Ogilvie buys into Braude’s philosophy. “I try to have a plan and a backup to the plan before I start (placing an airway),” the 43-year-old volunteer explains. “Maybe even a backup to the backup. I just wish my school had gone further than, ‘Put the blade in the mouth, move the tongue, and find the right hole.’”
Accentuate the Basics, Get the Reps
Paul Werfel understands the imperatives of airway management from the perspectives of both teacher and pupil. In fact, the director of Stony Brook University’s paramedic program says his students have to work harder than he did as a paramedic candidate at Beekman Downtown Hospital in New York City 35 years ago.
“Back then it was about how many hours you did,” the Long Island native recalls. “Now it’s about competencies: 50 airway interventions in our program, including at least five endotracheal intubations. You can sign up for whatever ambulance and hospital rotations you like, but you’re going to keep going until you meet those criteria.”
Like Braude, Werfel believes airway proficiency begins with the basics: “We start with EMT stuff people didn’t learn properly or don’t use often enough: manual maneuvers, OPAs, NPAs, BVM ventilation. You’d better know the anatomy, too, or you might as well stay home.
“Then we move on to more advanced levels. We address endotracheal intubation pretty aggressively—the indications, contraindications, and pitfalls, plus RSI and DFI (drug-facilitated intubation)—but we’re also teaching that not everyone needs a tube.”
The Stony Brook program covers SGAs such as LMAs, King Airways, and Combitubes with the caveat that inflatable cuffs can impede cerebral perfusion.3,4 “Properly placed and monitored endotracheal tubes are still the gold standard,” says Werfel, who often serves as an expert witness on airway mismanagement cases. “If a board-certified anesthesiologist has to have waveform capnography to confirm tube placement in the OR, you better believe that should be happening prehospitally too.”
Werfel acknowledges paramedics have long considered ETI to be a specialty, if not a privilege of the position. “That’s one of the reasons they aren’t always up to date on the research,” he says. “They think they know it already. The attitude becomes, You’ll have to pry that laryngoscope from my cold, dead hands.”
Even diligent paramedics who know what they don’t know sometimes struggle with ETI. When that happens Werfel says it might be because they’re rushing: “Medics can develop tunnel vision and think it’s a measure of professionalism to get the tube within a certain number of seconds. That’s when you forget to prepare—to have everything ready so you don’t have to reach for a stethoscope or a stylet.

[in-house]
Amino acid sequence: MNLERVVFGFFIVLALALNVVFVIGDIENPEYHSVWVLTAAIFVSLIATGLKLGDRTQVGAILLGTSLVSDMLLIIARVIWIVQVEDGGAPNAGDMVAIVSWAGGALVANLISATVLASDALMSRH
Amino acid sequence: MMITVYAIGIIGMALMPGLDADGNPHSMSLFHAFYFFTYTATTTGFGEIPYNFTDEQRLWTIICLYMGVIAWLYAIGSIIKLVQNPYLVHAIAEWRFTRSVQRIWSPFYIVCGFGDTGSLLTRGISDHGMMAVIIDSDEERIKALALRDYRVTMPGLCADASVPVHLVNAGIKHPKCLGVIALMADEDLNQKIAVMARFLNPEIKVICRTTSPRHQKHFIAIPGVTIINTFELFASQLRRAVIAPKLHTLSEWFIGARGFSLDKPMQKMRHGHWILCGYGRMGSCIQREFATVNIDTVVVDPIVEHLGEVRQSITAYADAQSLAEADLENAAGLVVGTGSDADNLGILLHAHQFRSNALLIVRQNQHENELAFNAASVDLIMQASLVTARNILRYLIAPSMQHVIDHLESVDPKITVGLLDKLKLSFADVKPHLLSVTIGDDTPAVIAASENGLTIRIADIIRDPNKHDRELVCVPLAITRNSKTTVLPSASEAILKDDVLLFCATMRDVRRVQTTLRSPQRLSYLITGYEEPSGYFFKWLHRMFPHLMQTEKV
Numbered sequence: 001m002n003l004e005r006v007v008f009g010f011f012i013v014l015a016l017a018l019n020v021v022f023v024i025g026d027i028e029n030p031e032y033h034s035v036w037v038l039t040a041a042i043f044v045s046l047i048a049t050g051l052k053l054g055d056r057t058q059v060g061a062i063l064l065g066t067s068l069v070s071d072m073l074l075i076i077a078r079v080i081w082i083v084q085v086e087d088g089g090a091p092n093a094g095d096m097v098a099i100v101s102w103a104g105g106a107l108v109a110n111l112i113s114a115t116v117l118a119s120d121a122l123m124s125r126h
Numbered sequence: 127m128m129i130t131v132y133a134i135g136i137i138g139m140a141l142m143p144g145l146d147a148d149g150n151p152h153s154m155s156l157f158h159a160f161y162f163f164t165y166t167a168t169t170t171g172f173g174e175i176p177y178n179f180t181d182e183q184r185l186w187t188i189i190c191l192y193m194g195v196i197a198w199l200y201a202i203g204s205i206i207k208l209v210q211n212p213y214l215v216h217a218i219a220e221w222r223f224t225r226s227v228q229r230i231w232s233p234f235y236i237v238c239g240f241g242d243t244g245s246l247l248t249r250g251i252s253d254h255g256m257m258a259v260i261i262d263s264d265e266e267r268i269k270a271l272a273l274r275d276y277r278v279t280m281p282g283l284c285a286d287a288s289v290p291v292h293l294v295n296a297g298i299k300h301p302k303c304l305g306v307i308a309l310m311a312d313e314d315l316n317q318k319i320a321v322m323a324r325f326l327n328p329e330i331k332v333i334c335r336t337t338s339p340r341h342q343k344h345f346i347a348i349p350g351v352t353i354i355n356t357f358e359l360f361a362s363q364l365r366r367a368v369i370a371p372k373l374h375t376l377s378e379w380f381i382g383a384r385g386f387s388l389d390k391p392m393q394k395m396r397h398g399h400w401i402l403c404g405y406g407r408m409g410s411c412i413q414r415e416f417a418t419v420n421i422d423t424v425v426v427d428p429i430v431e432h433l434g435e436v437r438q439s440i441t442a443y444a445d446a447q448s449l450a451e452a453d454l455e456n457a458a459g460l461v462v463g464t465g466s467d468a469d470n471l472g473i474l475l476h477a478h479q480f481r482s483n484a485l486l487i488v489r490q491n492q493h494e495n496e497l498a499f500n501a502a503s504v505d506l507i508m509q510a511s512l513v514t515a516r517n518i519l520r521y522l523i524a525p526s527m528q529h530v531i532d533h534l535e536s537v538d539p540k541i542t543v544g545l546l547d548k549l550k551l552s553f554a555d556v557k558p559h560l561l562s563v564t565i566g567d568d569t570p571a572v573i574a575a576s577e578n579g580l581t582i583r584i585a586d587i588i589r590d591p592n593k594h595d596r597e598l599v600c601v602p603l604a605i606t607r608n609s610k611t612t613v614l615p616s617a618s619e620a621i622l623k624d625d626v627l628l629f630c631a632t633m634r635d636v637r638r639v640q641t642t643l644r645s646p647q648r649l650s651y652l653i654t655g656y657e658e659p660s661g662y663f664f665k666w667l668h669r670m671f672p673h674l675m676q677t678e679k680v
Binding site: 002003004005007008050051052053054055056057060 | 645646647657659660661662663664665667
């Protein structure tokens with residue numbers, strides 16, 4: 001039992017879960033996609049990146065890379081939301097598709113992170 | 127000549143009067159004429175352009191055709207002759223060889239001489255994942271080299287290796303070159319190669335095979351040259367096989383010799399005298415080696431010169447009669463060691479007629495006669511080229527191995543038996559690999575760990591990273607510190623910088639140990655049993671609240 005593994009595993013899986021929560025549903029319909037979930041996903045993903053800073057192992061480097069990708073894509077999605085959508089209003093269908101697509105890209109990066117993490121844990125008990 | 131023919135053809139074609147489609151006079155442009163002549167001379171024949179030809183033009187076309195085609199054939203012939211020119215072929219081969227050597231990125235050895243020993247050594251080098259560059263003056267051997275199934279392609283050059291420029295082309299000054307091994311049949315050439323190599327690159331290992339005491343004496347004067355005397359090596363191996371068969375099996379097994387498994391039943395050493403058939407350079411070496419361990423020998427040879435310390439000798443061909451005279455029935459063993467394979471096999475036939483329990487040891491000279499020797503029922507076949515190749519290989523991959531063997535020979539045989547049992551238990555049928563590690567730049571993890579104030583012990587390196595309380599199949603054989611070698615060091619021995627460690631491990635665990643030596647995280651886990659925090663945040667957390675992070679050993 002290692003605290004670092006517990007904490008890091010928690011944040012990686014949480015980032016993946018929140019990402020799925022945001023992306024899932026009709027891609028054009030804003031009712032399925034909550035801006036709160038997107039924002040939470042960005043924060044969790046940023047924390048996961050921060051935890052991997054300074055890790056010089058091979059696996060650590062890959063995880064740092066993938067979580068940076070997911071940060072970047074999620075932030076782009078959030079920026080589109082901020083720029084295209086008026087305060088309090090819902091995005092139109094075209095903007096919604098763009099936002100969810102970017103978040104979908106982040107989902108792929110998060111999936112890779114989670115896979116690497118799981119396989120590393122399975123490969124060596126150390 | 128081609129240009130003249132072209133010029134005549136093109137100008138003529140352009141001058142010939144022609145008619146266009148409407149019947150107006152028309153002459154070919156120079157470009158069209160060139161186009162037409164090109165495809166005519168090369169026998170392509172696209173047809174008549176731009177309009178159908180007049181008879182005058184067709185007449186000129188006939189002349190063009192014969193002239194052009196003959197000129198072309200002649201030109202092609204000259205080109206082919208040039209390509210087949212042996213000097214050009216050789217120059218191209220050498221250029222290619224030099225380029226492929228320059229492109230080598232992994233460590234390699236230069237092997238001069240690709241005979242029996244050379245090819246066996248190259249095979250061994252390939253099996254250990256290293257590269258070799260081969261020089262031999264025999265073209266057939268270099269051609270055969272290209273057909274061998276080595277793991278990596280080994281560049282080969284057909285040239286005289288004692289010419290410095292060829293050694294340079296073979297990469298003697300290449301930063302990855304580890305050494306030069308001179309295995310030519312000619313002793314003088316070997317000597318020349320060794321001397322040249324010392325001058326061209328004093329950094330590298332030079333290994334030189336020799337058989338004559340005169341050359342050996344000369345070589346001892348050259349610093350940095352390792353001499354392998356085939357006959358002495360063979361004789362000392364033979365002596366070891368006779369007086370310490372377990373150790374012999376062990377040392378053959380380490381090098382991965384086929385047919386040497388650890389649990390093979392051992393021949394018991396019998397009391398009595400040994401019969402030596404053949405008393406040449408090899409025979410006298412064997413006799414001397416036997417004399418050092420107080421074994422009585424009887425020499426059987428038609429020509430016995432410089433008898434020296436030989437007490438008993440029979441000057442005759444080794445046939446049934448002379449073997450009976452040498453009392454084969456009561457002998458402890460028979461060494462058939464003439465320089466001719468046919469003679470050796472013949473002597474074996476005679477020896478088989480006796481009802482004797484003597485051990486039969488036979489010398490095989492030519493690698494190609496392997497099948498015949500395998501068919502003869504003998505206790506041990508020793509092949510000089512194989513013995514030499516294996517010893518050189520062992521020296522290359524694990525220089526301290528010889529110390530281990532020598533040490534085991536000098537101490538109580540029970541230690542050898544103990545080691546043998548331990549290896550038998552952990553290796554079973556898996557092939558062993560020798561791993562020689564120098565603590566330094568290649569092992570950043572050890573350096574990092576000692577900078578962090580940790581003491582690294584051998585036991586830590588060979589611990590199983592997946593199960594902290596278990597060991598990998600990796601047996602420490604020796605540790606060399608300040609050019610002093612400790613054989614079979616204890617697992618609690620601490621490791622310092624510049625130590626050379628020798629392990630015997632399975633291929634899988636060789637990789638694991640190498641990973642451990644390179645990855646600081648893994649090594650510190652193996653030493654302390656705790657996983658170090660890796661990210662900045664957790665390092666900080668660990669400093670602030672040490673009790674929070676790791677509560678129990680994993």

“Intubation can be like a golf swing,” the 62-year-old professor adds. “Sometimes it turns out better when you slow it down a bit.”
Werfel encourages students to see target-rich environments like ORs as good places to practice airway management that doesn’t necessarily include ETI. “If you happen to get a tube, great, but you should be manipulating airways and bagging every patient you see. If it were up to me, I’d send EMT students there too,” he says.
Beyond Psychomotor Skills
Ogilvie’s diabetic male was pronounced at the ED soon after arrival. Wes thinks the patient’s trachea may have been obstructed. Braude wonders if the King had been inserted too far into the esophagus and needed to be pulled back a few centimeters. We’ll never know because hospitals were not yet sharing diagnoses and dispositions routinely with EMS.
Braude highlights outcome data collection and analysis as key elements of improved airway management and sees EMS agencies as eventual contributors and beneficiaries of such information. Meanwhile, he urges paramedics to value clinical knowledge over cool tools.
“We’ve come a long way,” he says, “but we still have to get past the point where prehospital airway management is defined by a specialized procedure or device. Invasive techniques in EMS rarely save lives. Instead we should focus on the basics: a knowledge of the physiology and how we can best maintain that physiology.”
1. Steuerwald M, Braude D, Petersen T, et al. Preliminary report: Comparing aspiration rates between prehospital patients managed with extraglottic airway devices and endotracheal intubation. Air Medical Journal, 2018; 37(4): 240–3.
2. Wang H, Schmicker R, Daya M, et al. Effect of a strategy of initial laryngeal tube insertion vs endotracheal intubation on 72-hour survival in adults with out-of-hospital cardiac arrest. JAMA, 2018; 320(8): 769–78.
3. Segal N, Yanopoulos D, Mahoney B, et al. Impairment of carotid artery blood flow by supraglottic airway use in a swine model of cardiac arrest. Resuscitation, 2012; 83(8): 1,025–30.
4. Michalek P, Donaldson W, Vobrubova E, Hakl M. Complications associated with the use of supraglottic airway devices in perioperative medicine. BioMed Research International, 2015; 2015(6): 1–13.
Mike Rubin is a paramedic in Nashville and a member of EMS World’s editorial advisory board. Contact him at email@example.com.